Bronze is primarily a metal alloy of copper and tin. The tin adds hardness to the copper and increases durability. Phosphor bronze includes the addition of up to 1% of phosphorous to the alloy. This addition improves strength, reduces the coefficient of friction of the metal and results in a finer 'grain'. The fluidity of the molten metal is also increased making this alloy easier to cast.
Just like pure copper metal (note green Statue of Liberty) and other bronze alloys, oxidation and stains can appear of the surface of the metal. This degrades the visual appearance required for certain part requirements. The electrical parts pictured below show tarnish, oxidation and water stains on the parts on the left.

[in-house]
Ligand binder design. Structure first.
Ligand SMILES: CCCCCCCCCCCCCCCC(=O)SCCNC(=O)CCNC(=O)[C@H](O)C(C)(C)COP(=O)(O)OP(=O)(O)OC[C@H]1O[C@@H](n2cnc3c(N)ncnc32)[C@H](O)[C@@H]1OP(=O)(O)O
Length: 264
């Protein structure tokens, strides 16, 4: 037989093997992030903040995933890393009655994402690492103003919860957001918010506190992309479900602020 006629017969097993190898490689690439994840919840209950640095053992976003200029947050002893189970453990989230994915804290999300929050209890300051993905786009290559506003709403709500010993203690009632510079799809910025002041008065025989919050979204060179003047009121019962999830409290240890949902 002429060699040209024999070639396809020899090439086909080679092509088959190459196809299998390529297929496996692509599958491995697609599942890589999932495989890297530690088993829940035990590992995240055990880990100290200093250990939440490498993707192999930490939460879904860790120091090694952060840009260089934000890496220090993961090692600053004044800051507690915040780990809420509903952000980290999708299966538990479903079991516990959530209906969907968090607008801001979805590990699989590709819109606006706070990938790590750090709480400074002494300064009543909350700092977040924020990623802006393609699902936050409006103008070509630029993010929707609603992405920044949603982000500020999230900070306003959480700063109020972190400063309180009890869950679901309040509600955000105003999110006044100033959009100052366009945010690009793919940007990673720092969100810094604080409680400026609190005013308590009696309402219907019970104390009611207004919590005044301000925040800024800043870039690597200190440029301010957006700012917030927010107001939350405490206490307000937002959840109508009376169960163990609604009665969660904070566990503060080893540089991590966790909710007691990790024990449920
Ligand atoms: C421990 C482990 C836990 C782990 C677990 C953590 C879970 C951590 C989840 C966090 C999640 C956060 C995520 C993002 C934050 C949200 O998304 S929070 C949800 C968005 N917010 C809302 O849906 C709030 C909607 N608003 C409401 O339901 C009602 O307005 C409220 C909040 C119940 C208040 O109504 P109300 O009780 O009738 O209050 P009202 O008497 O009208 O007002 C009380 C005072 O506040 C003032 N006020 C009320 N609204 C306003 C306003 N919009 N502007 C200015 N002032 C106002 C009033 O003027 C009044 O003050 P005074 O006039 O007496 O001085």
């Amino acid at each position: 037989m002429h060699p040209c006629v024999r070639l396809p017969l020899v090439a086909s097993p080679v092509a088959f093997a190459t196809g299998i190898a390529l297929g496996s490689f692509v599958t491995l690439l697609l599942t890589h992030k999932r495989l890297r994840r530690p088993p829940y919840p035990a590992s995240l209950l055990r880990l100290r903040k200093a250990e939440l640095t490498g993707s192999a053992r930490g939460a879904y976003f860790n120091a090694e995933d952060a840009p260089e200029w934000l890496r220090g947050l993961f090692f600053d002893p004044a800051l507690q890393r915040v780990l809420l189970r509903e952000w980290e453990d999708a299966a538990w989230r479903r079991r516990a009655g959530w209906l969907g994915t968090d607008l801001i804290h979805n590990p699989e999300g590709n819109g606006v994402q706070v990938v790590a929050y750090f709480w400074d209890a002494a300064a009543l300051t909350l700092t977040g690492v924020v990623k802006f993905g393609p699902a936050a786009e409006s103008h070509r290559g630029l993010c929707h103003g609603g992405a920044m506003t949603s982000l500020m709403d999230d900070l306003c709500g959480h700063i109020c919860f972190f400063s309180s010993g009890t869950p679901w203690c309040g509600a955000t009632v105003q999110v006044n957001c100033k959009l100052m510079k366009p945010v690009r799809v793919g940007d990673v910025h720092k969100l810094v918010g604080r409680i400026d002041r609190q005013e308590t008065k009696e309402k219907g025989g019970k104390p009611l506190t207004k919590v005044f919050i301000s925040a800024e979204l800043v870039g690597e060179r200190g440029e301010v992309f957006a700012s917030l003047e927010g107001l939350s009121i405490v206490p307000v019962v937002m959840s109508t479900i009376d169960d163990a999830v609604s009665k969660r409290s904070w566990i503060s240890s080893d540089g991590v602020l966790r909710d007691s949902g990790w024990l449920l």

Bronze Water Spots
The clean, bright parts on the right were vibratory tumbled with KP Ceramic Media and a solution of a mild acid cleaner, Kramco 1030. The mechanical action of the polishing media combined with the chemical cleaning of the compound resulted in a smooth, brilliant surface finish. This result was obtained in only 30 minutes of tumbling.